GENET archive


9-Misc: WTO decision on EU GMO moratorium: European media

                                 PART I
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TITLE:  US wins WTO backing in war with Europe over GM food
SOURCE: The Guardian, UK, by Julian Borger in Washington, Nicholas Watt
in Brussels and John Vidal,,1705031,00.html?gusrc=rss
DATE:   08 Feb 2006

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US wins WTO backing in war with Europe over GM food

The World Trade Organisation last night ruled that Europe had broken
international trade rules by blocking the import of genetically modified
food, in a decision US trade officials hailed as a victory.

The WTO found that Europe had imposed a de facto ban on GM food imports
for six years from 1998 which violated trade agreements, and that
Austria, France, Germany, Greece, Italy and Luxembourg also had no legal
grounds to impose their own unilateral import bans.

The decision is subject to appeal and European officials insisted it
applied to the past rather than current EU import policies, but the US
maintained the ruling lent support to the Bush administration's efforts
to force an acceleration in EU approval procedures for GM food imports.

Details of the complex ruling, more than 800 pages long, were not
available last night as trade experts on both sides of the Atlantic
began to digest the report's implications. But US officials said the WTO
decision had broadly vindicated the American position, which had been
supported by Canada and Argentina.

A US trade official described the outcome as "a significant milestone"
in US efforts to have GM crops accepted in international trade. "The
panel did find that there was a general [EU] moratorium and that it did
violate WTO rules."

But there was disappointment in Brussels. "This needs to be examined
very carefully, but some of it will make for difficult reading," one
official said. The European trade commission, headed by Peter Mandelson,
will respond today.

However, European officials pointed out last night that the moratorium
had been lifted in 2004, and that since then the European commission had
licensed more than 30 GM crops, including three last month after
"rigorous safety assessment".

US officials countered that there remained backlogs of up to a decade in
the approval of imports of about 20 types of GM corn, cotton and
soyabean. The Bush administration had argued that the EU moratorium had
had a chilling effect on the development of GM crops around the world,
to the detriment of global food production. "We wanted biotech products
to be judged on their merits, not by a political process," another US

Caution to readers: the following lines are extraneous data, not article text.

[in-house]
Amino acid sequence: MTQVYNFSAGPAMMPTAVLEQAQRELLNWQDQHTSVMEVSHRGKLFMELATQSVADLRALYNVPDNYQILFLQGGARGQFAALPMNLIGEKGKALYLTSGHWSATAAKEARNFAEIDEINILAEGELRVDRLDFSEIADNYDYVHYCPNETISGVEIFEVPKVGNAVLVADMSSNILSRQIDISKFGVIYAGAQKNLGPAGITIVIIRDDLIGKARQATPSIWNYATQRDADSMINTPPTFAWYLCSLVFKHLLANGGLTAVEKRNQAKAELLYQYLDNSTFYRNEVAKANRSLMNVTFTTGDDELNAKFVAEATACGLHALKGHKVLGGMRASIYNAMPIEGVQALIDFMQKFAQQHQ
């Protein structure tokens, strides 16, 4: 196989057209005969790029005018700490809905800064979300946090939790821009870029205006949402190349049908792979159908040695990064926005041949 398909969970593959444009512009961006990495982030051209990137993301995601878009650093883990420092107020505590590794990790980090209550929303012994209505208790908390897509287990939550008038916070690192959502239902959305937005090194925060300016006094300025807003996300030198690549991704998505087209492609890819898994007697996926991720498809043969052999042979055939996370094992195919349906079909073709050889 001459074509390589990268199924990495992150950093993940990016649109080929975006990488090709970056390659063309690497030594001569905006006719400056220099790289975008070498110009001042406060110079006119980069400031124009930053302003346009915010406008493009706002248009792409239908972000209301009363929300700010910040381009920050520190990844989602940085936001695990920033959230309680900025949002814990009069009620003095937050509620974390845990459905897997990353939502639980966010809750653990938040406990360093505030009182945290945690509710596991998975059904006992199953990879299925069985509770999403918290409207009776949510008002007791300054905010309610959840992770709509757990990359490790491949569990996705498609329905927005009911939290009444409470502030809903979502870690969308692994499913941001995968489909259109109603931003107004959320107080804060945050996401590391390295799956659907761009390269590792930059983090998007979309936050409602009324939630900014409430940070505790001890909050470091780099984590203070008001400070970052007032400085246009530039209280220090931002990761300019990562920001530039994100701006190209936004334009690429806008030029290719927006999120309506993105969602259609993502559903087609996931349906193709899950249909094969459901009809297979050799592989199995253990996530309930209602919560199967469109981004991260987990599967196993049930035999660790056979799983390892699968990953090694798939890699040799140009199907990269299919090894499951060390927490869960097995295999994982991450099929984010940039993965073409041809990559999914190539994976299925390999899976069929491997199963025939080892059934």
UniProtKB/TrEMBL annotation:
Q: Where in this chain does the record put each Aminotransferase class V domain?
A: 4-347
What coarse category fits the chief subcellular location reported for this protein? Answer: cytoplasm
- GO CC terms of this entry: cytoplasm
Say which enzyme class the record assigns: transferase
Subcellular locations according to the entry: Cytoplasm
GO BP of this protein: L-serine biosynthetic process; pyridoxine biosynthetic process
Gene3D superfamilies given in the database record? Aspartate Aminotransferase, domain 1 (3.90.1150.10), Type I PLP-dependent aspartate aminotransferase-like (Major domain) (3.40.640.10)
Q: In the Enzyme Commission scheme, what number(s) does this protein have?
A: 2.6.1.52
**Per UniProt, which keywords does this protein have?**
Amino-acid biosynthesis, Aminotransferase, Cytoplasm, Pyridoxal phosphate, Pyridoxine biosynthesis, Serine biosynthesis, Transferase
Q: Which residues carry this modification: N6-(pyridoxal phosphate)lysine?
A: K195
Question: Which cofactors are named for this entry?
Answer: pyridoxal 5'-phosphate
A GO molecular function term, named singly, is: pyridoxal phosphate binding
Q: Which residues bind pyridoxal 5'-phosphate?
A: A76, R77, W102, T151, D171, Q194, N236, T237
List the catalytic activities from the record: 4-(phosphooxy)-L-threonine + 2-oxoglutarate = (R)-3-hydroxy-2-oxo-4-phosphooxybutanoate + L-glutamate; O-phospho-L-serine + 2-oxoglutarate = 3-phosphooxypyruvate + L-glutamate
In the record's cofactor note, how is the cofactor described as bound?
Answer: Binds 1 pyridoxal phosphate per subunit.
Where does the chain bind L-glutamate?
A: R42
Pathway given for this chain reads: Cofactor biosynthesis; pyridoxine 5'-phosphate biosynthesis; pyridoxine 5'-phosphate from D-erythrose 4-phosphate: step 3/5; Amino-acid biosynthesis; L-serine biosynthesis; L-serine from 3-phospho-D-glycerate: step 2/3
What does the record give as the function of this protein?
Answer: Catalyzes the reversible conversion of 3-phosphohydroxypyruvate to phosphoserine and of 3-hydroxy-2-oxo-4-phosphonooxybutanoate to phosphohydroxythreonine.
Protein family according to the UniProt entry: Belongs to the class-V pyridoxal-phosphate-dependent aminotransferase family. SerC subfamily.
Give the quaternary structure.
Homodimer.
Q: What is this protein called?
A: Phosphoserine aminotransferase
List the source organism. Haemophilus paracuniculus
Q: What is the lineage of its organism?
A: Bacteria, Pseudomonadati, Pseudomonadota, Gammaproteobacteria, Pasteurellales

trade official said.

European environment and consumer groups last night called the ruling a
direct attack on European democracy and appealed to governments to stand
up to what they called US "bullying tactics". "US agrichemical giants
will not sell a bushel more of their GM grain as a result of the WTO
ruling," said Daniel Mittler, Greenpeace International's trade adviser.

"It's a desperate attempt to force these products on an unwilling
market. This will lead to even greater opposition to GM crops," said
Claire Oxborrow of Friends of the Earth International. "Protecting
wildlife, farmers and consumers is far more important than free trade rules."

A coalition of 170 regions in Europe and 4,500 smaller areas have said
they want to be GM-free."I do not expect this decision to change
European law, but it will be used by the US government to pressure
countries around the world to further liberalise trade rules," said Sue
Meyer, of the watchdog group Genewatch.

                                 PART II
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TITLE:  GM food must be allowed into Europe, WTO rules
SOURCE: The Independent, UK, by Stephen Castle
DATE:   08 Feb 2006

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GM food must be allowed into Europe, WTO rules

Europe faces new pressure to open its markets to genetically-modified
food from the US after the World Trade Organisation ruled that the EU
broke international rules with its moratorium on new licences.

A lengthy and complex preliminary ruling from the WTO said that a de
facto Europe-wide ban, which prevented new corn, cotton and soybean
products from entering the European market, was not based on scientific

American sources also said that the WTO had found that six individual